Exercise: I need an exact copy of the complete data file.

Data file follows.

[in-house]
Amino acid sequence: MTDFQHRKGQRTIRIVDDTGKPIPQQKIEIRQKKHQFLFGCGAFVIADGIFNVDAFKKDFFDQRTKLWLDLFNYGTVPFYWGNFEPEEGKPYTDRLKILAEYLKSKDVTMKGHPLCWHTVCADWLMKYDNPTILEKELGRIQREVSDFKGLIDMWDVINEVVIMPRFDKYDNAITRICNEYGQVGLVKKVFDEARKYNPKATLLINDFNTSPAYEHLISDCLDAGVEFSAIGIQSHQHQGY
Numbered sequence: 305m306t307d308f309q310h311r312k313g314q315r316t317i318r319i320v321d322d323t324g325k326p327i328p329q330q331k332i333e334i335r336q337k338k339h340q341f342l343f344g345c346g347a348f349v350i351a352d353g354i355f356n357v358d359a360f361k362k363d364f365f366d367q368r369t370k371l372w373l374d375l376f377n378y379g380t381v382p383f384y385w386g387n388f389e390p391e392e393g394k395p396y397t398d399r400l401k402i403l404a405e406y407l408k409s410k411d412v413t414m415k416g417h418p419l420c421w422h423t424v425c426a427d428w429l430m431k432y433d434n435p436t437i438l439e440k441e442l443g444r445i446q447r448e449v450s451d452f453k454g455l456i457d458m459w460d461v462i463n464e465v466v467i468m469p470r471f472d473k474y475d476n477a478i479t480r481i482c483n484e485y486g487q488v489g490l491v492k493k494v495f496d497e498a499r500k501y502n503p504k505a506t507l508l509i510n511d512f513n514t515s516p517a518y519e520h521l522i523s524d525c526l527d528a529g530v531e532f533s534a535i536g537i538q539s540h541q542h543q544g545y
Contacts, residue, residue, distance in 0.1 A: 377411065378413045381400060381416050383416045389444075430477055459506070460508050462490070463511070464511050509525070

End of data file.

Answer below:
[in-house]
Amino acid sequence: MTDFQHRKGQRTIRIVDDTGKPIPQQKIEIRQKKHQFLFGCGAFVIADGIFNVDAFKKDFFDQRTKLWLDLFNYGTVPFYWGNFEPEEGKPYTDRLKILAEYLKSKDVTMKGHPLCWHTVCADWLMKYDNPTILEKELGRIQREVSDFKGLIDMWDVINEVVIMPRFDKYDNAITRICNEYGQVGLVKKVFDEARKYNPKATLLINDFNTSPAYEHLISDCLDAGVEFSAIGIQSHQHQGY
Numbered sequence: 305m306t307d308f309q310h311r312k313g314q315r316t317i318r319i320v321d322d323t324g325k326p327i328p329q330q331k332i333e334i335r336q337k338k339h340q341f342l343f344g345c346g347a348f349v350i351a352d353g354i355f356n357v358d359a360f361k362k363d364f365f366d367q368r369t370k371l372w373l374d375l376f377n378y379g380t381v382p383f384y385w386g387n388f389e390p391e392e393g394k395p396y397t398d399r400l401k402i403l404a405e406y407l408k409s410k411d412v413t414m415k416g417h418p419l420c421w422h423t424v425c426a427d428w429l430m431k432y433d434n435p436t437i438l439e440k441e442l443g444r445i446q447r448e449v450s451d452f453k454g455l456i457d458m459w460d461v462i463n464e465v466v467i468m469p470r471f472d473k474y475d476n477a478i479t480r481i482c483n484e485y486g487q488v489g490l491v492k493k494v495f496d497e498a499r500k501y502n503p504k505a506t507l508l509i510n511d512f513n514t515s516p517a518y519e520h521l522i523s524d525c526l527d528a529g530v531e532f533s534a535i536g537i538q539s540h541q542h543q544g545y
Contacts, residue, residue, distance in 0.1 A: 377411065378413045381400060381416050383416045389444075430477055459506070460508050462490070463511070464511050509525070